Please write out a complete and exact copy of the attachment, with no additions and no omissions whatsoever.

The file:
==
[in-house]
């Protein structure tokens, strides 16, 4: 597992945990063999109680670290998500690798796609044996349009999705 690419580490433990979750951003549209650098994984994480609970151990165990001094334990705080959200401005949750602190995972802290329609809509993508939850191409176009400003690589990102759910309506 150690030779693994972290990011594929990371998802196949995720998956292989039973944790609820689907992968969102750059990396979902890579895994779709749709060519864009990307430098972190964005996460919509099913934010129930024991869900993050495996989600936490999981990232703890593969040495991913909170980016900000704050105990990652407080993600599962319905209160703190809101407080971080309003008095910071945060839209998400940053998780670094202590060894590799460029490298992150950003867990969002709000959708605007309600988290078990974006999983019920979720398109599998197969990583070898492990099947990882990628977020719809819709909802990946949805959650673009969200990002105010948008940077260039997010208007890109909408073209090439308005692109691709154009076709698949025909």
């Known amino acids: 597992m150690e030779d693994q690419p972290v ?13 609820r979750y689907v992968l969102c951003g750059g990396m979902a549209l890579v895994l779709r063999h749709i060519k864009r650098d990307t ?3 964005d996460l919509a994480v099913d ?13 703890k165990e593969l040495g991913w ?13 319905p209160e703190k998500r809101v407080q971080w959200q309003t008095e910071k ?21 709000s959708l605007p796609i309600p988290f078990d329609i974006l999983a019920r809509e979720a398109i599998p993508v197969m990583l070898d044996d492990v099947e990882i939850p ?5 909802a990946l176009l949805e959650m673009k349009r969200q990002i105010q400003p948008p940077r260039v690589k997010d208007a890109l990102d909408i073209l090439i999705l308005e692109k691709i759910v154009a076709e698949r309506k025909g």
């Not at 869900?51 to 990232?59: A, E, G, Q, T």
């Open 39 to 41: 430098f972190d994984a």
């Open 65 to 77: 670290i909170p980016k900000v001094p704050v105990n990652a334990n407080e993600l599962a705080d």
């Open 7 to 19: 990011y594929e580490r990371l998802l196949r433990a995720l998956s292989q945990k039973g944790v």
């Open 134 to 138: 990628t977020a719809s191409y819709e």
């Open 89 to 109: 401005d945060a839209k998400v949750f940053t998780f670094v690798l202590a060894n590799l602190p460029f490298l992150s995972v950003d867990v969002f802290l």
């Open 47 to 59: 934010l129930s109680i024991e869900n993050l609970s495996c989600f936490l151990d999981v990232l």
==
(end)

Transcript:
[in-house]
């Protein structure tokens, strides 16, 4: 597992945990063999109680670290998500690798796609044996349009999705 690419580490433990979750951003549209650098994984994480609970151990165990001094334990705080959200401005949750602190995972802290329609809509993508939850191409176009400003690589990102759910309506 150690030779693994972290990011594929990371998802196949995720998956292989039973944790609820689907992968969102750059990396979902890579895994779709749709060519864009990307430098972190964005996460919509099913934010129930024991869900993050495996989600936490999981990232703890593969040495991913909170980016900000704050105990990652407080993600599962319905209160703190809101407080971080309003008095910071945060839209998400940053998780670094202590060894590799460029490298992150950003867990969002709000959708605007309600988290078990974006999983019920979720398109599998197969990583070898492990099947990882990628977020719809819709909802990946949805959650673009969200990002105010948008940077260039997010208007890109909408073209090439308005692109691709154009076709698949025909």
């Known amino acids: 597992m150690e030779d693994q690419p972290v ?13 609820r979750y689907v992968l969102c951003g750059g990396m979902a549209l890579v895994l779709r063999h749709i060519k864009r650098d990307t ?3 964005d996460l919509a994480v099913d ?13 703890k165990e593969l040495g991913w ?13 319905p209160e703190k998500r809101v407080q971080w959200q309003t008095e910071k ?21 709000s959708l605007p796609i309600p988290f078990d329609i974006l999983a019920r809509e979720a398109i599998p993508v197969m990583l070898d044996d492990v099947e990882i939850p ?5 909802a990946l176009l949805e959650m673009k349009r969200q990002i105010q400003p948008p940077r260039v690589k997010d208007a890109l990102d909408i073209l090439i999705l308005e692109k691709i759910v154009a076709e698949r309506k025909g």
């Not at 869900?51 to 990232?59: A, E, G, Q, T």
């Open 39 to 41: 430098f972190d994984a």
């Open 65 to 77: 670290i909170p980016k900000v001094p704050v105990n990652a334990n407080e993600l599962a705080d």
């Open 7 to 19: 990011y594929e580490r990371l998802l196949r433990a995720l998956s292989q945990k039973g944790v």
């Open 134 to 138: 990628t977020a719809s191409y819709e």
């Open 89 to 109: 401005d945060a839209k998400v949750f940053t998780f670094v690798l202590a060894n590799l602190p460029f490298l992150s995972v950003d867990v969002f802290l």
């Open 47 to 59: 934010l129930s109680i024991e869900n993050l609970s495996c989600f936490l151990d999981v990232l």